With the Board of Finance's final budget vote looming Monday, First Selectman Tim Herbst issued a statement concerning negotiations with town employee unions and the Trumbull Board of Education over the town’s proposed conversion to the state partnership plan

"This afternoon, the executive board of Trumbull’s largest union, the Trumbull Education Association (TEA), will meet and decide whether to negotiate with the Board of Education over the proposed changes or proceed directly to arbitration," Herbst said. "It is my strong preference that the union executive board proceed in good faith with negotiations.

"Arbitration does not serve their best interests," he added. "Under the proposed state plan, BOE employees will realize lower medical co-pays and a medical provider match of 97%."

According to Herbst's statement, the projected increases in the state plan are more stable than the TEA's current plan.

"Before even entering the state plan, currently under our existing provider, there is a $1.4 million gap that must be filled in the existing medical account, as a result of high claim experience and an anticipated 14% increase in Anthem rates," he explained.

"A current family plan for TEA members represents an annual cost of $29,025," the first selectman added. "Under the State Partnership Plan, that family plan will cost $24,898.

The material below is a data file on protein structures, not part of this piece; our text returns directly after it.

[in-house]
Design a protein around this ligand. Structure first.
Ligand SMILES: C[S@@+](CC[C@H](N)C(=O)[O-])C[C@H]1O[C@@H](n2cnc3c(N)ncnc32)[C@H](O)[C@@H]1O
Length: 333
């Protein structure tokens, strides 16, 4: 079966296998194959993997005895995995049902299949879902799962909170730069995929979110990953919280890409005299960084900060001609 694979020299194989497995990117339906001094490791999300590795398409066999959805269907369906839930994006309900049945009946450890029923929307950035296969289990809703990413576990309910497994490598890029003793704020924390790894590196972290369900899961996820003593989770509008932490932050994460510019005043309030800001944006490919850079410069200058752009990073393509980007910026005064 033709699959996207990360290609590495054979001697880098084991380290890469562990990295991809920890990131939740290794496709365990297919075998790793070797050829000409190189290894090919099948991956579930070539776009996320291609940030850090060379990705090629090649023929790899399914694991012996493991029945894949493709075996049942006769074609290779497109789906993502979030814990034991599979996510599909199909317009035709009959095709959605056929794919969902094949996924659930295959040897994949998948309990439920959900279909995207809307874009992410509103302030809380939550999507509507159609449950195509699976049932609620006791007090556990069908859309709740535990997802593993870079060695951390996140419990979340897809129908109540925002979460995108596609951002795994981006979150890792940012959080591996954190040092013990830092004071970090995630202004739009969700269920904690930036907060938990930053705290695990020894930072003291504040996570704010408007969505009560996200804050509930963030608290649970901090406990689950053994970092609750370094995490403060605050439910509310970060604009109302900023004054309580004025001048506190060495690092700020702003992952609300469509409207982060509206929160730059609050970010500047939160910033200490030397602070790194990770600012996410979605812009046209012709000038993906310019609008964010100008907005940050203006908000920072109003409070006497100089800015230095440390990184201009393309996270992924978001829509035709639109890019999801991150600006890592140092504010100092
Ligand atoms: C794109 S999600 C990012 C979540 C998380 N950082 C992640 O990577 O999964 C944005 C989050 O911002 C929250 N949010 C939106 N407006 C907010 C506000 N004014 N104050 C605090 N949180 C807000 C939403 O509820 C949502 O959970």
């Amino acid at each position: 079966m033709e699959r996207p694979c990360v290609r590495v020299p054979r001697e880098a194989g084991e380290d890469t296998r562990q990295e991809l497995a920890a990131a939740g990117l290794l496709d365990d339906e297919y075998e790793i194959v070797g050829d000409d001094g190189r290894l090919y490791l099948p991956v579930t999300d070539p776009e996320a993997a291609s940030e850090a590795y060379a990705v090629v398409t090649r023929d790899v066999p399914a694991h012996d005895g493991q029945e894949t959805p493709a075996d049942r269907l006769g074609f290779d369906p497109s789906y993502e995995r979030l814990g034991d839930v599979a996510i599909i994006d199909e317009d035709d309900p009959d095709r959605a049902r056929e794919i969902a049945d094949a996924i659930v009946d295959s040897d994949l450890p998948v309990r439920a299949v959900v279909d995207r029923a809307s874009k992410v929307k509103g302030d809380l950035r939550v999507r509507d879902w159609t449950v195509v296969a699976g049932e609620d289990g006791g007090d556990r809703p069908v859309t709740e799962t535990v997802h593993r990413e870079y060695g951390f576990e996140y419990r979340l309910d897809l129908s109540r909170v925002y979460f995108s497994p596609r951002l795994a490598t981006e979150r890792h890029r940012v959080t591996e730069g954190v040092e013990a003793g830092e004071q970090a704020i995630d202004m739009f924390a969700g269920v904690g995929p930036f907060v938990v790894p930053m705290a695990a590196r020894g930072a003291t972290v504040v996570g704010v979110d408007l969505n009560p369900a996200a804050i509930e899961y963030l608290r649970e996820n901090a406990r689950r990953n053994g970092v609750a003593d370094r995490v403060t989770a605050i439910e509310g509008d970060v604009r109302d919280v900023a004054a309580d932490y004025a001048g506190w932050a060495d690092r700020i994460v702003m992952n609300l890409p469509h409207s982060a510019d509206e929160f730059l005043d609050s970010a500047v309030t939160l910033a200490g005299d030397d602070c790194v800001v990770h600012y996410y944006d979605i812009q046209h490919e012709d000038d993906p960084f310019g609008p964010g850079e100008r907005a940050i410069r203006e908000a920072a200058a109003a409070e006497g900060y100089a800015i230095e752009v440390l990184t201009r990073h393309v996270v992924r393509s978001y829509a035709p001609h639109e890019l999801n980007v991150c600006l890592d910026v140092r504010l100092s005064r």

"Even if there are upward adjustments for dental and retiree benefits, these savings are still very significant and the overall plan design will be less than what we pay now," Herbst said. "This plan conversion by the Town and the BOE will represent $3 million in savings to the taxpayers of the Town of Trumbull."

Acknowledging that there are significant savings to the taxpayers under the switch, Herbst said that there are also improved benefits to the members of our collective bargaining units.

"The partnership plan is far richer than most plan designs offered.  Members will go from a $30 office visit co-pay to $0, a $150 outpatient co-pay to $0, a $250 hospital co-pay to $0 and visitation limits for short term rehabilitation to no limits," he continued. "The schedule of benefits, in terms of coverage and member co-payments, exceeds the current Trumbull PTO plan design. Design aspects such as co-payments and limitations of certain therapy visits are more generous under the partnership plan.

"This is an absolute no brainer for the taxpayers and our collective bargaining units," Herbst said.

He cited the Fairfield Education Association (FEA) as an example of a union that worked with it Superintendent, David Title, to approve the conversion to the state partnership plan.

"I am hopeful that Trumbull’s teachers will proceed to the bargaining table like their Fairfield counterparts and work with Dr. Cialfi and the Trumbull Board of Education in completing this process," Herbst said. "Arbitration does not serve their rank and file well.

"Also, as the TEA enters contract negotiations, they must consider whether they prefer this plan or the potential for a high end deductible plan, which has been successfully implemented by other school districts in Connecticut," the first selectman concluded. "I believe many members of the TEA Executive Board have the best interests of their members at heart and want to work collaboratively towards a resolution.

"I am hopeful that a select few seeking to sabotage this conversion do not overpower and overrule a silent majority that wish to work with the Town and the Board of Education in a collaborative manner."